Thursday, December 24, 2009

A year-end letter

We expected 2009 to bring many changes. We were “expecting,” as they say. But the unexpected snuck up and surprised us, as is its nature.

So at the end of the year, not only are we parents, but I’ve left one career for another.

I think I’ve cried more this year than in the last 25 (most recently when Tiny Tim died in The Muppet Christmas Carol), but in the year-end tally, the happy tears outnumber the sad ones.

2009 was the Year of Owen, or at least the first Year of Owen. Although he was expected and eagerly awaited, I was well aware I really didn’t know what caring for a baby or being a dad were all about. And Owen managed to surprise us right off the bat by coming about two weeks before his due date.

Labour and delivery, again not what had been hoped for, but a miracle nonetheless. I’ve never been more awed by a person than I was by Rhia that rainy April night (and I touched Wayne Gretzky one time).

And there was our beautiful little baby. When we met him, it turned out he was not an Angus (Gus, for short), although we’d been pretty sure that’s who he would be.

Everyone comments on his blue eyes, his round head, his fine hair, which appears either golden blonde or red, depending on the light. It seems at once such a long time ago and only a moment ago he was brand new. And he’s become a new little person every couple weeks for the past nearly-nine months. Throughout he’s been curious and good-natured, friendly to strangers, a flirt. Never a great sleeper, but better these days. And we’re better able to muddle through the days on little sleep ourselves. He loves to laugh and knows how to make us laugh

He’ll have about three and a half front teeth for Christmas (along with mountains of presents from admirers) and will be walking sooner rather than later. He likes to chatter and sing. He’ll go, “Ohhhh, ohhhhhhh,” when he finds something interesting and “AH AH AH,” (repeating our admonishments) when he’s attempting to play with something he knows isn’t for babies. “Dig dig dig,” is another favourite expression. It’s possible that when he says, “Mamama,” and “Dadada,” he’s referring to Rhia and I, but the jury’s still out.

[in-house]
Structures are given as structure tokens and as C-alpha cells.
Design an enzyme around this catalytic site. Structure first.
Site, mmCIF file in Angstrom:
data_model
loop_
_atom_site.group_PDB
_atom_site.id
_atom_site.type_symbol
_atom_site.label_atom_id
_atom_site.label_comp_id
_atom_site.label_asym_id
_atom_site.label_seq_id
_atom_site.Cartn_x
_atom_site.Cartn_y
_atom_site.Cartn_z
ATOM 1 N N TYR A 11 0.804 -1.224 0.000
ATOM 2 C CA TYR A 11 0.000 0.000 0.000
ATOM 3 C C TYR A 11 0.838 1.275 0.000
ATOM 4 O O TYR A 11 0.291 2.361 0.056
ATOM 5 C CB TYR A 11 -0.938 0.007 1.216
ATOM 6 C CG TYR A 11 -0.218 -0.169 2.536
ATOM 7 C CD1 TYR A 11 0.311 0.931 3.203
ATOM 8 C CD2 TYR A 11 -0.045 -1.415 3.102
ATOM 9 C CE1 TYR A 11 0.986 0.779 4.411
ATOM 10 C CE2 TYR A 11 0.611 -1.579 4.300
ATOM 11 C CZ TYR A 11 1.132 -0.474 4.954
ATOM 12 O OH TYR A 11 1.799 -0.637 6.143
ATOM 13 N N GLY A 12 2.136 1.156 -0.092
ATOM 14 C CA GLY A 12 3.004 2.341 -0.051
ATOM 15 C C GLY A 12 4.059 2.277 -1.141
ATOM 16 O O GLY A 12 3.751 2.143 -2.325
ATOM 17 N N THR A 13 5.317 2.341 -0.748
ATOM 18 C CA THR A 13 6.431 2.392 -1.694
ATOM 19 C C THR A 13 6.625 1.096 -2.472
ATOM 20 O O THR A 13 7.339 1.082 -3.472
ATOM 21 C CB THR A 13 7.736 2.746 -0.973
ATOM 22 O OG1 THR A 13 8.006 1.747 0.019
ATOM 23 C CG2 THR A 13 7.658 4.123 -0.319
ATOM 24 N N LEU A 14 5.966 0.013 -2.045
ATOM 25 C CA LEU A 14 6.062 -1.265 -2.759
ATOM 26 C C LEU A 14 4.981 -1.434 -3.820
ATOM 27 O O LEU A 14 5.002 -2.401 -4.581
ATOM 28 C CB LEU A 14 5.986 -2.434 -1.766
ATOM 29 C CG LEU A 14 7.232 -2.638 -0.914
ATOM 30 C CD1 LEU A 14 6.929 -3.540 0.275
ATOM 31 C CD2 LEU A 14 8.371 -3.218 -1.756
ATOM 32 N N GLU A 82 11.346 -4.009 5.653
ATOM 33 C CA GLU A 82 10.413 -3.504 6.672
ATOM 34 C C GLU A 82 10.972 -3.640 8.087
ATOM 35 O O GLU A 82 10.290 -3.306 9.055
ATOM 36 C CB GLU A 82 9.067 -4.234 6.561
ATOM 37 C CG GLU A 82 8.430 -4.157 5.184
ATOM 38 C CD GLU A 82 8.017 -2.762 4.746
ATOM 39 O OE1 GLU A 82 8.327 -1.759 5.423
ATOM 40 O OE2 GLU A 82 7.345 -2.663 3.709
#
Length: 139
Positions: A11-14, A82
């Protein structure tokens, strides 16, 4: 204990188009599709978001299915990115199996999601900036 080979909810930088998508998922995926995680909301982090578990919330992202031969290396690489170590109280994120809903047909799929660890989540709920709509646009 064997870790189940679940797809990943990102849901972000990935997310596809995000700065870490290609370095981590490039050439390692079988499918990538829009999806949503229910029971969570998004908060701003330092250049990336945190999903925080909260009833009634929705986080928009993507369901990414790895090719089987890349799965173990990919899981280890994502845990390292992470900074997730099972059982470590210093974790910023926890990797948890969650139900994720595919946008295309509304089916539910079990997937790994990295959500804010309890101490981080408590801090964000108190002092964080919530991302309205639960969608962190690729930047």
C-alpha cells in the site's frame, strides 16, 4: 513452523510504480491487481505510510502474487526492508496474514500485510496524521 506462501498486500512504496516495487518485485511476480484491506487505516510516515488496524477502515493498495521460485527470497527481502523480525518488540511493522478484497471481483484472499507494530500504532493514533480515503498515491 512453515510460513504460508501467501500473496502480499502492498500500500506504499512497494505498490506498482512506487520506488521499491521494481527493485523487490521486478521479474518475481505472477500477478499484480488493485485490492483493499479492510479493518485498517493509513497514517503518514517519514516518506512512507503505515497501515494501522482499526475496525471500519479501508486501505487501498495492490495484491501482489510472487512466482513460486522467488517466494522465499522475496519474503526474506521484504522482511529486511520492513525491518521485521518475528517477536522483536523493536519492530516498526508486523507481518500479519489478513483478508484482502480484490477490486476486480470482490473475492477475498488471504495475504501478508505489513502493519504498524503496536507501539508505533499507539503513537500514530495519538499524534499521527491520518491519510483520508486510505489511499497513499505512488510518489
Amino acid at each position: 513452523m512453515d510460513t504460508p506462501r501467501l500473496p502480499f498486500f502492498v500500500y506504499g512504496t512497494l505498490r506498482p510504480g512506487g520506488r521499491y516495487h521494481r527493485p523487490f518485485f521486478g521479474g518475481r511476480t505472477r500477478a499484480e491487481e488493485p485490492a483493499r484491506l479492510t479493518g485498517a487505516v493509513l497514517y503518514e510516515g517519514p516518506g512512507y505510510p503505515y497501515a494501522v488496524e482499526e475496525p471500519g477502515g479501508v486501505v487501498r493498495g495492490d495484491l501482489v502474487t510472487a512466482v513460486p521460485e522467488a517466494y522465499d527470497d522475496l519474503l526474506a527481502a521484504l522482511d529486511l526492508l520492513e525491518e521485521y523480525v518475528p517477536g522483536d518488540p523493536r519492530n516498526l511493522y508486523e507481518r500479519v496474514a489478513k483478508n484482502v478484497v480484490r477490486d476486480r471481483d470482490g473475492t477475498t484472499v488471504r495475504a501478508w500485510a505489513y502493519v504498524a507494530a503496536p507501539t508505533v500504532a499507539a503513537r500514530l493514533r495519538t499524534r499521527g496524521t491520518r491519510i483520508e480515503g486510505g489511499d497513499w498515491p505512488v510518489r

He wears us down sometimes, with his short attention span and need for constant entertainment, or when he sometimes goes from peaceful rest to demonic screams when you try to set him in the crib. There’s the odd moment we consider selling him to gypsies. But more often than not, when we’ve got him down to sleep, washed the dishes, folded the laundry, taken out the garbage and collapsed on the couch, Rhia and I find ourselves looking at photos of him. We miss him, even when he’s just upstairs.

I’ve found there’s nothing more rewarding than the grin that spreads across Owen’s face when I come home from work. Rhia will return to her job at the beginning of January. She’s looking forward to the work and some adult company through the day, but dreading leaving Owen behind. I’m hoping that smile will make the transition less traumatic.

Being a father—I couldn’t quite say what it’s like. But with it comes a deepened empathy. I’d say I was a fairly sensitive person before, but somehow you feel things a little more deeply. So, following the terrible news of the Cape Breton boy who got lost in the woods and later died was painful. I was consumed with thoughts of how scared this boy must have been. Even fictional things, sentimental or otherwise, get me. Rhia and I laughed at each other when we realized we were both sobbing at the opening scene of Star Trek, in which Capt. Kirk (Sr.) bravely meets his end while his son is born in another part of the galaxy. And then there was Tiny Tim. Such a sweet, big-hearted little frog. It just wasn’t fair.

Owen’s arrival came just two weeks after my career as a newspaperman sputtered to an end. I left The Chronicle Herald in mid-March, but that end came after an excruciating month-and-a-half long purging of the newsroom. A lot of people got laid off, not a shock in the newspaper industry. But until then, The Herald had been the kind of place where people could bank on spending their whole careers, if they wanted to. And I’d been pretty content with that idea myself.